UA-17605739-30

Urgent Health Update on Formaldehyde



CDC Statement regarding Formaldehyde in Laminate Flooring Report



CDC/ATSDR was notified February 13 of an error in its report released February 10, 2016, about the possible health effects from exposure to formaldehyde emitted from select laminate flooring samples. Health risks of people who have the laminate flooring are being revised to reflect greater exposure to formaldehyde, which could cause eye, nose, and throat irritation for anyone. The estimated risk of cancer associated with exposure to the flooring increased.

The CDC/ATSDR indoor air model used an incorrect value for ceiling height. As a result, the health risks were calculated using airborne concentration estimates about 3 times lower than they should have been. The original report found:

  • Exposure to the low end of the modeled levels of formaldehyde in indoor air could cause increased frequency of asthma symptoms and other respiratory issues for people with asthma and COPD;
  • Exposure to the higher-end levels could result in eye, nose, and throat irritation for anyone; and
  • Low risk of cancer (2-9 cases per 100,000 people).
After correcting the measurement in the model, CDC/ATSDR is revising the possible health effects. The final results are not yet available, but are estimated to be closer to these:


  • Exposure to the range of modeled levels of formaldehyde in indoor air could cause increased symptoms and other respiratory issues for people with asthma and COPD;
    Exposure to the lowest modeled levels of formaldehyde could result in eye, nose, and throat irritation for anyone; and
  • The estimated risk of cancer is 6-30 cases per 100,000 people. Because of the very conservative (health protective) nature of the models used in this analysis, ‎the calculated risk is likely lower than our modeled estimate.
  • Our recommendations will likely remain the same –we strongly stress taking steps to reduce exposures, which should alleviate respiratory and eye, nose and throat irritation. These steps should also reduce the cancer risk.


Currently, CDC/ATSDR is conducting a quality review of the indoor air model and the revised results. The new draft report will be reviewed by CPSC, EPA, and HUD. The revised report will be posted when available. The CDC page was last updated: February 18, 2016
src: http://www.cdc.gov/nceh/laminateflooring/default.html







Formaldehyde (CASRN 50-00-0)

Health assessment information on a chemical substance is included in IRIS only after a comprehensive review of chronic toxicity data by U.S. EPA health scientists from several Program Offices and the Office of Research and Development. The summaries presented in Sections I and II represent a consensus reached in the review process. Background information and explanations of the methods used to derive the values given in IRIS are provided in the Background Documents.
STATUS OF DATA FOR Formaldehyde
File First On-Line 10/01/1989
Category (section) Status Last Revised
Oral RfD Assessment (I.A.) on-line 09/01/1990
Inhalation RfC Assessment (I.B.) no data
Carcinogenicity Assessment (II.) on-line 05/01/1991
_I. Chronic Health Hazard Assessments for Noncarcinogenic Effects
_I.A. Reference Dose for Chronic Oral Exposure (RfD)

Substance Name — Formaldehyde
CASRN — 50-00-0
Last Revised — 09/01/1990

The oral Reference Dose (RfD) is based on the assumption that thresholds exist for certain toxic effects such as cellular necrosis. It is expressed in units of mg/kg-day. In general, the RfD is an estimate (with uncertainty spanning perhaps an order of magnitude) of a daily exposure to the human population (including sensitive subgroups) that is likely to be without an appreciable risk of deleterious effects during a lifetime. Please refer to the Background Document for an elaboration of these concepts. RfDs can also be derived for the noncarcinogenic health effects of substances that are also carcinogens. Therefore, it is essential to refer to other sources of information concerning the carcinogenicity of this substance. If the U.S. EPA has evaluated this substance for potential human carcinogenicity, a summary of that evaluation will be contained in Section II of this file.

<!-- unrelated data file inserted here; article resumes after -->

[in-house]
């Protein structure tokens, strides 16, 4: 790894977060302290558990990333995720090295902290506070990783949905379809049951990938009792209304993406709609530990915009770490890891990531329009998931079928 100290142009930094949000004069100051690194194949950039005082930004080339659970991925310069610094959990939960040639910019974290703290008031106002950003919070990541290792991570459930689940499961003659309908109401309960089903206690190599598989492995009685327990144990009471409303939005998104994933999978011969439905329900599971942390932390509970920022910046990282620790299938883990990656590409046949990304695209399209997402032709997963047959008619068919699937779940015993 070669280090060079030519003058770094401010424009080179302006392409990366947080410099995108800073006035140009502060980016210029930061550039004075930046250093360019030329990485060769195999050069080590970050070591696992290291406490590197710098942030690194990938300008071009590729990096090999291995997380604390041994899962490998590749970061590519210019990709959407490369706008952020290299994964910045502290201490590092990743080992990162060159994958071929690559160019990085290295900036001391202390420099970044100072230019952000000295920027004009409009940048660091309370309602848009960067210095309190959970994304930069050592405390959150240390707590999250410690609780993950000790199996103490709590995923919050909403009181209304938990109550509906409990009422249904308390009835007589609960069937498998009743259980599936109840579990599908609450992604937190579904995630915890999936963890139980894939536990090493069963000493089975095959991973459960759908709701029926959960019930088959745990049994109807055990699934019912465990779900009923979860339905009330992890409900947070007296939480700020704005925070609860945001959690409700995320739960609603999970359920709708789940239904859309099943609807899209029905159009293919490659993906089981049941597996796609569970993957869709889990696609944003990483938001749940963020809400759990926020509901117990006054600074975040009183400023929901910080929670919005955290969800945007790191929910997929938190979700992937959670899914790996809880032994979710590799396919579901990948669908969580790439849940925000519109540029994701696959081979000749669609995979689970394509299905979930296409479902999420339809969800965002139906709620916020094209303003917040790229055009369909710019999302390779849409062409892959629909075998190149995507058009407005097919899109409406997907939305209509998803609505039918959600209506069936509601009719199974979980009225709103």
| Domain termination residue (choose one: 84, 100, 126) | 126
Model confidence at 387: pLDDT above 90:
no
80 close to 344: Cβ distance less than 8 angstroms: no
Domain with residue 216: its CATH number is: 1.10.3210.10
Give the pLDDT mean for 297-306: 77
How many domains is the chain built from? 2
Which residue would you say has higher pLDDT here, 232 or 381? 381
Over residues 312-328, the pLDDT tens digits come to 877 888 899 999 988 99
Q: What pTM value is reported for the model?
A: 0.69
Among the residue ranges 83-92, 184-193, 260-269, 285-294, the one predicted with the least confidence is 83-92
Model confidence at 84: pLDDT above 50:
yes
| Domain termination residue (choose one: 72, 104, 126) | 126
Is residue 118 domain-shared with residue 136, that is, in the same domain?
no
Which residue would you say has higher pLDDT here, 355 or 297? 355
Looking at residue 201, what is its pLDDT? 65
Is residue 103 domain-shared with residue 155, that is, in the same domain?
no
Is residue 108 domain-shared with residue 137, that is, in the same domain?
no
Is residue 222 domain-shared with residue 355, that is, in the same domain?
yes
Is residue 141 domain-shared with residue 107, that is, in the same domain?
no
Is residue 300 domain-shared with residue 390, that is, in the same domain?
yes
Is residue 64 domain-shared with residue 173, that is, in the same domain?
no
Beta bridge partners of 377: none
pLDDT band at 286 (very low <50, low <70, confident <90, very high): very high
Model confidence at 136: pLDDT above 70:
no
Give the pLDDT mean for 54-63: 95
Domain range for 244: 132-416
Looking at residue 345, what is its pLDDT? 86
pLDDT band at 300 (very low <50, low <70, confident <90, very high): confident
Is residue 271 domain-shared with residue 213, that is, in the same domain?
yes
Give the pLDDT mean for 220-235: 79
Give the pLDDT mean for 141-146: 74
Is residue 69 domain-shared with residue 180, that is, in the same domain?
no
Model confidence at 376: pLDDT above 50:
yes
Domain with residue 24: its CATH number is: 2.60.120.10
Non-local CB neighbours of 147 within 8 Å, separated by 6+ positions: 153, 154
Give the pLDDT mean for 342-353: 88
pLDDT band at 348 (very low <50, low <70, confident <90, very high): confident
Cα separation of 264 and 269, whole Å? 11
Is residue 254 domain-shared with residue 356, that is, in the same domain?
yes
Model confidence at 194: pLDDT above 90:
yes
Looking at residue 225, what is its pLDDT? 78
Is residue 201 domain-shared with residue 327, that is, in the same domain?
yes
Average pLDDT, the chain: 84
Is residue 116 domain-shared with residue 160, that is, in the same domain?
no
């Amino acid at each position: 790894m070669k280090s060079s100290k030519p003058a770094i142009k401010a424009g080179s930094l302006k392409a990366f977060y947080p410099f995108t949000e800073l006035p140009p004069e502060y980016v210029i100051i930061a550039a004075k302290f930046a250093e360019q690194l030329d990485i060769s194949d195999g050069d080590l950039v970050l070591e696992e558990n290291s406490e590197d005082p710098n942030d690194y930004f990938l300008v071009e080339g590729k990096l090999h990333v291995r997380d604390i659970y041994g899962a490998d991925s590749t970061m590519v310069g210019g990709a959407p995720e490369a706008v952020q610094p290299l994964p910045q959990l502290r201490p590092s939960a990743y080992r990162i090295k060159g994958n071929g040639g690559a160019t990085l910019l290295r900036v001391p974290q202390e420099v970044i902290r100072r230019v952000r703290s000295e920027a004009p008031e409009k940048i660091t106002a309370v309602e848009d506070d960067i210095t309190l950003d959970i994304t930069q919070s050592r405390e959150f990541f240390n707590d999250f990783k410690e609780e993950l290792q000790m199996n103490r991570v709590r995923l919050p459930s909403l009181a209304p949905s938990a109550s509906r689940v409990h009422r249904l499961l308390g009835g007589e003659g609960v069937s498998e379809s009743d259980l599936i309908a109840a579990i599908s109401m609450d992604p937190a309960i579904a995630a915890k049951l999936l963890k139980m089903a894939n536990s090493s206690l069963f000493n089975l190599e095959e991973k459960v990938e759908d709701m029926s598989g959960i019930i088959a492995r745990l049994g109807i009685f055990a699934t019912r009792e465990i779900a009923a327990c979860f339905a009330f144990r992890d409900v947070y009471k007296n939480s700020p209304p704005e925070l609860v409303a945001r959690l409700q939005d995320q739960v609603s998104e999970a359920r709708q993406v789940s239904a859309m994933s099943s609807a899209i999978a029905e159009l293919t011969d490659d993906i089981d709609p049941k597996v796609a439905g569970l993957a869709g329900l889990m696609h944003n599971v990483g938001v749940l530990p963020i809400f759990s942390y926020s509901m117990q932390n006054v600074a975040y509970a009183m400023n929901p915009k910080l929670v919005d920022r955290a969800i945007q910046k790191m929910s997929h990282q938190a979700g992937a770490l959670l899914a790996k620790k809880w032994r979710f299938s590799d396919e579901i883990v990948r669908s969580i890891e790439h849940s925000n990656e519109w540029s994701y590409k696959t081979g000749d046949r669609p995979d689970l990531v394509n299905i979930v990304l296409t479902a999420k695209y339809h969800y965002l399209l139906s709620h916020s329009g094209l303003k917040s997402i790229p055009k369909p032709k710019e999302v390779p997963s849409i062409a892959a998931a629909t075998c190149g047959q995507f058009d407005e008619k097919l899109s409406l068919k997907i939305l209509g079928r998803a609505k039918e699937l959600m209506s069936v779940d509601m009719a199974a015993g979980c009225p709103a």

__I.A.1. Oral RfD Summary
Critical Effect Experimental Doses*
UF
MF
RfD
Reduced weight gain,
histopathology in rats

Rat 2-Year Bioassay

Til et al., 1989

NOAEL: 15 mg/kg/day

LOAEL: 82 mg/kg/day

100

1

2E-1
mg/kg/day
* Conversion Factors: none

__I.A.2. Principal and Supporting Studies (Oral RfD)

Til, H.P., R.A. Woutersen, V.J. Feron, V.H.M. Hollanders, H.E. Falke and J.J. Clary. 1989. Two-year drinking water study of formaldehyde in rats. Food Chem. Toxicol. 27: 77-87.

Formaldehyde was administered daily in drinking water to Wistar rats (70/sex/dose) for up to 24 months at mean doses of 0, 1.2, 15, or 82 mg/kg/day for males and 0, 1.8, 21, or 109 mg/kg/day for females. Up to 10 rats/sex/dose were sacrificed and examined after 12 months and 18 months of treatment; the remainder was sacrificed and examined at 24 months. Mean body weights of the high-dose group were decreased in males from week 1 and in females from week 24 through termination. Food intake was significantly decreased in all high-dose males with females showing a similar but less consistent decrease in food intake. A 40% decrease in drinking water intake was reported in all high-dose animals while those rats receiving the middle dose showed a slight but generally insignificant decrease in liquid intake. Changes in urinalyses, and hematological and clinical chemistry parameters, were not dose-related, so were not considered to be related to formaldehyde intake. Among the high-dose males, significant decreases were seen in the absolute heart and liver weights at 18 months and at termination; in testes weights at 18 months; and in kidney weights at termination. High-dose females showed significant increases in the relative kidney weights at 12 and 24 months. Relative brain weights were significantly increased in high-dose males at all three examination periods and in females at termination only. Relative testes weights were significantly increased in high-dose males at termination. These relative organ weight increases were generally ascribed to the decreased body weights observed. A significant increase in mortality among males receiving the 15 mg/kg/day dose was not considered toxicologically significant.